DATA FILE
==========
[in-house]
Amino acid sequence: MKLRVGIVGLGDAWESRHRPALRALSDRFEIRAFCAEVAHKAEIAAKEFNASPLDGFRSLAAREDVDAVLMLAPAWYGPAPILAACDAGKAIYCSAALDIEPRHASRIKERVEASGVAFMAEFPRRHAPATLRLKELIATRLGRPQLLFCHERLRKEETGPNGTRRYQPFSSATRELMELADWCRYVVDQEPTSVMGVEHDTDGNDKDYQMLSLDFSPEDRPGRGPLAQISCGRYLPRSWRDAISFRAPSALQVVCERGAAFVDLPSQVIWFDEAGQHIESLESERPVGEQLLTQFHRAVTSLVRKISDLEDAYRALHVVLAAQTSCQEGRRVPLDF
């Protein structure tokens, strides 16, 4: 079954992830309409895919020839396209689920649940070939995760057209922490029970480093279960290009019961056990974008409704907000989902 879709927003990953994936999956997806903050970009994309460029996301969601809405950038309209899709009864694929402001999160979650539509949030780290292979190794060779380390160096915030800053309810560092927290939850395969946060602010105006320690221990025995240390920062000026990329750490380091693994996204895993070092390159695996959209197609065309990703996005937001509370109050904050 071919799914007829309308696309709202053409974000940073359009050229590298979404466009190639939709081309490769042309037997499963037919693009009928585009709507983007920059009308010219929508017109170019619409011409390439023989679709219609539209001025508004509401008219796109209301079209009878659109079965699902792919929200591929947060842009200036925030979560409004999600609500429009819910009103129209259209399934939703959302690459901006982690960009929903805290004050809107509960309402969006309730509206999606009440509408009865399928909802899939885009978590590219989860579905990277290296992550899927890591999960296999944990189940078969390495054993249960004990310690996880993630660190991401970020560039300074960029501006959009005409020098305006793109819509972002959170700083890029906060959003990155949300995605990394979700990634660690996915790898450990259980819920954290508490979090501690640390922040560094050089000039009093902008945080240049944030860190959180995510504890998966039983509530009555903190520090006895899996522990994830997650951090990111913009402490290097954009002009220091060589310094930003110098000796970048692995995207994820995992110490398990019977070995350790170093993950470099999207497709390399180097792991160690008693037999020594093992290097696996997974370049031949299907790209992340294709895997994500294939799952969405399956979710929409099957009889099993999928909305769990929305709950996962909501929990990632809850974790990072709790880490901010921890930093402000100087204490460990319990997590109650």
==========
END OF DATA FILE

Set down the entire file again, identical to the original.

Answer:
[in-house]
Amino acid sequence: MKLRVGIVGLGDAWESRHRPALRALSDRFEIRAFCAEVAHKAEIAAKEFNASPLDGFRSLAAREDVDAVLMLAPAWYGPAPILAACDAGKAIYCSAALDIEPRHASRIKERVEASGVAFMAEFPRRHAPATLRLKELIATRLGRPQLLFCHERLRKEETGPNGTRRYQPFSSATRELMELADWCRYVVDQEPTSVMGVEHDTDGNDKDYQMLSLDFSPEDRPGRGPLAQISCGRYLPRSWRDAISFRAPSALQVVCERGAAFVDLPSQVIWFDEAGQHIESLESERPVGEQLLTQFHRAVTSLVRKISDLEDAYRALHVVLAAQTSCQEGRRVPLDF
């Protein structure tokens, strides 16, 4: 079954992830309409895919020839396209689920649940070939995760057209922490029970480093279960290009019961056990974008409704907000989902 879709927003990953994936999956997806903050970009994309460029996301969601809405950038309209899709009864694929402001999160979650539509949030780290292979190794060779380390160096915030800053309810560092927290939850395969946060602010105006320690221990025995240390920062000026990329750490380091693994996204895993070092390159695996959209197609065309990703996005937001509370109050904050 071919799914007829309308696309709202053409974000940073359009050229590298979404466009190639939709081309490769042309037997499963037919693009009928585009709507983007920059009308010219929508017109170019619409011409390439023989679709219609539209001025508004509401008219796109209301079209009878659109079965699902792919929200591929947060842009200036925030979560409004999600609500429009819910009103129209259209399934939703959302690459901006982690960009929903805290004050809107509960309402969006309730509206999606009440509408009865399928909802899939885009978590590219989860579905990277290296992550899927890591999960296999944990189940078969390495054993249960004990310690996880993630660190991401970020560039300074960029501006959009005409020098305006793109819509972002959170700083890029906060959003990155949300995605990394979700990634660690996915790898450990259980819920954290508490979090501690640390922040560094050089000039009093902008945080240049944030860190959180995510504890998966039983509530009555903190520090006895899996522990994830997650951090990111913009402490290097954009002009220091060589310094930003110098000796970048692995995207994820995992110490398990019977070995350790170093993950470099999207497709390399180097792991160690008693037999020594093992290097696996997974370049031949299907790209992340294709895997994500294939799952969405399956979710929409099957009889099993999928909305769990929305709950996962909501929990990632809850974790990072709790880490901010921890930093402000100087204490460990319990997590109650």